3. Spirituality is an important part of who I am that I had been neglecting until very, very recently. I used to feel at one with nature, dance under the stars, direct the energies of the various elements as they flowed through my chakras, practice zen Buddhist meditation, and pray. Even though I didn’t always agree with the lyrics, I found the act of singing or playing sacred music to be a profound spiritual experience. All of that fell apart as situations changed and I withdrew instead of adapting.

Now Fox is going to work most days and I worry about his safety. About a million things could happen to him; I could lose him. You just never know these days, and the world just seems to be becoming more and more dangerous. If I get caught up in thinking about this stuff, it could destroy me. So instead I pray: “Keep him safe.” I close my eyes and visualize him coming home to me. I send out my love and wishes for his protection and clothe him in armor made of positive energy. It helps me feel better. And so far he’s been safe.

I want to expand on this to more fully live my spirituality, especially acknowledging the seasons as they change.

4. Music is another important part of who I am, that I’ve also been neglecting. Among other things, I got too caught up in trying to do it perfectly; I was so worried about making mistakes that it interfered with practicing! That bright, cheerful, simple song would become painful and strained, until I’d drop my instrument and start crying. I was trying to force something that wasn’t there, and suppressing what I needed to let out. I need to find a way back to making music that is for me. It starts with picking up an instrument – any instrument – and trusting myself. Wakana helps in our music therapy sessions, but I only see her once a week. I need to build on what she’s given me.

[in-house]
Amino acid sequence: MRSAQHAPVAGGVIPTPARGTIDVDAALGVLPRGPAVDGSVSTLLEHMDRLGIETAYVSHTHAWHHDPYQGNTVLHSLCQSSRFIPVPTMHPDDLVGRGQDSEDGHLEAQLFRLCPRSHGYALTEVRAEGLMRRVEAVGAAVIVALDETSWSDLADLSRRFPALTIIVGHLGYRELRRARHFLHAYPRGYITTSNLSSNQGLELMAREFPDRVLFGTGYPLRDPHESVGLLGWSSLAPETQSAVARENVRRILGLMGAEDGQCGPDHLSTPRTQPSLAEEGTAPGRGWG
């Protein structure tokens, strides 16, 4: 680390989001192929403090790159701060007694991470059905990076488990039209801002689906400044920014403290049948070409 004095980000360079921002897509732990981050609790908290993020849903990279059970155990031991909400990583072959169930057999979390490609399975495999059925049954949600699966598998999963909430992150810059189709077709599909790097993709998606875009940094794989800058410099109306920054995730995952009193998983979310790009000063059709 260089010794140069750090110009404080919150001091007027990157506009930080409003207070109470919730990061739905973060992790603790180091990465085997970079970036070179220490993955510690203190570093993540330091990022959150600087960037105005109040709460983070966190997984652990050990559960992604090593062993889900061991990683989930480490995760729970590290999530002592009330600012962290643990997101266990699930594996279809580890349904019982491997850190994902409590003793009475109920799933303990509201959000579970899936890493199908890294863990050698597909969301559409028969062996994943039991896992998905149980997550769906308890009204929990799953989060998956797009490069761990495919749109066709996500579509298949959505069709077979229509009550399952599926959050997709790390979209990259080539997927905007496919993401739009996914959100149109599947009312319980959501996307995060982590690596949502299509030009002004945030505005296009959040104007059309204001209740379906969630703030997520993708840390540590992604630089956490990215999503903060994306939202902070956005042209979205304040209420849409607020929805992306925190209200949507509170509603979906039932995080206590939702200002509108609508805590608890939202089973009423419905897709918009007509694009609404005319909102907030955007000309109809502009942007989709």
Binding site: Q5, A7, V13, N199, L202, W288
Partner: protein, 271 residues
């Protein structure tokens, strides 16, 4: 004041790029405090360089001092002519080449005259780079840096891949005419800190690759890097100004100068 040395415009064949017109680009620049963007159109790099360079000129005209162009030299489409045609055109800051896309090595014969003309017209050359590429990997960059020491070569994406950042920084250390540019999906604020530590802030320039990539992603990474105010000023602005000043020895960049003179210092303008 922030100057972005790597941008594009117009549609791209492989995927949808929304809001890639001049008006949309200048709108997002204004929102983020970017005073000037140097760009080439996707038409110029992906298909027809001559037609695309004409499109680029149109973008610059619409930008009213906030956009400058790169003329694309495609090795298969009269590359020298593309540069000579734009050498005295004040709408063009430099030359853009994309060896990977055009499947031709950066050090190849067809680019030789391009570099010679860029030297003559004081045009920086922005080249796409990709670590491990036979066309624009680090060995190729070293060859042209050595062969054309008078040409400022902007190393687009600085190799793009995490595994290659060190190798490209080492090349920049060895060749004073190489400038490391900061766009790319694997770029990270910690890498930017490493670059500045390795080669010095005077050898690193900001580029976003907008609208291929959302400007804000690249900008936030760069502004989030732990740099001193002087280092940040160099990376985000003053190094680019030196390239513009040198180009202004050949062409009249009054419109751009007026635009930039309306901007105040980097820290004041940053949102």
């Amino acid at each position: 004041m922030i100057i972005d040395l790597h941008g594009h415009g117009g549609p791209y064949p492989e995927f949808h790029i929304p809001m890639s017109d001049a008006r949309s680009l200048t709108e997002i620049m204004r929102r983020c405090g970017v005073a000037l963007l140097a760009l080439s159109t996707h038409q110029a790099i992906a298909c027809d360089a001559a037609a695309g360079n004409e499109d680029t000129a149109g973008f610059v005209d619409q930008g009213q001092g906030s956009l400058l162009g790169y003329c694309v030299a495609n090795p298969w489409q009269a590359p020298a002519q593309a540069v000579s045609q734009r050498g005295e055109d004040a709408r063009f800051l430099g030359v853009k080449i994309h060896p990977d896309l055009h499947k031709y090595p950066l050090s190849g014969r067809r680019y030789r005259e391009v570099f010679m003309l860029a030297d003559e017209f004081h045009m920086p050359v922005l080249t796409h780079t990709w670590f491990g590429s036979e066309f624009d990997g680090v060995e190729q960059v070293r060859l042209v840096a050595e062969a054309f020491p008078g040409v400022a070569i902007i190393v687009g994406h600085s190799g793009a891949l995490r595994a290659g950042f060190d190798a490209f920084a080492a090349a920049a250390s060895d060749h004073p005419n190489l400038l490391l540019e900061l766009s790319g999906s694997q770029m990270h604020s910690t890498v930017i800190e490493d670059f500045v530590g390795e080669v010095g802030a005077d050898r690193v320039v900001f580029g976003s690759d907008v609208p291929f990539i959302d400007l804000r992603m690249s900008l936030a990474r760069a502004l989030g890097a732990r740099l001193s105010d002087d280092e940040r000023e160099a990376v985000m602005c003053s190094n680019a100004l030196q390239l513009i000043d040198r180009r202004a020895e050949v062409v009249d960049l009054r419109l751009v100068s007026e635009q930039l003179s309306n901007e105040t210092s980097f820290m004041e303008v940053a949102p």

5. This resolution is kind of difficult and I’ll be honest, I’m tempted to take it off the list for this year. The people I care about are kind of scattered, living in different states and/or busy with their own lives (and/or lacking funds for transportation). I intend to call or text or email or contact via Facebook or something, but then the time just keeps going by and … nothing. People aren’t exactly the best at contacting me, either; many of my family members go through Mom.

I want to maintain and strengthen the connections I have, so I want to try and reach out to them more often. Maybe send a text when I’m thinking about them or something. Emails. I still need to send out thank-you cards. I need to address why I don’t like calling people on the phone. This could probably be its own post, but at the moment I’m struggling not to fall asleep…

Yuletide Blessings and Happy New Year!

Extrovert?

The wedding was everything I’d hoped it would be. Almost everyone came, it was a beautiful day, the food was excellent, the music was varied enough that everyone had something to connect with and enjoy, and all I heard were compliments.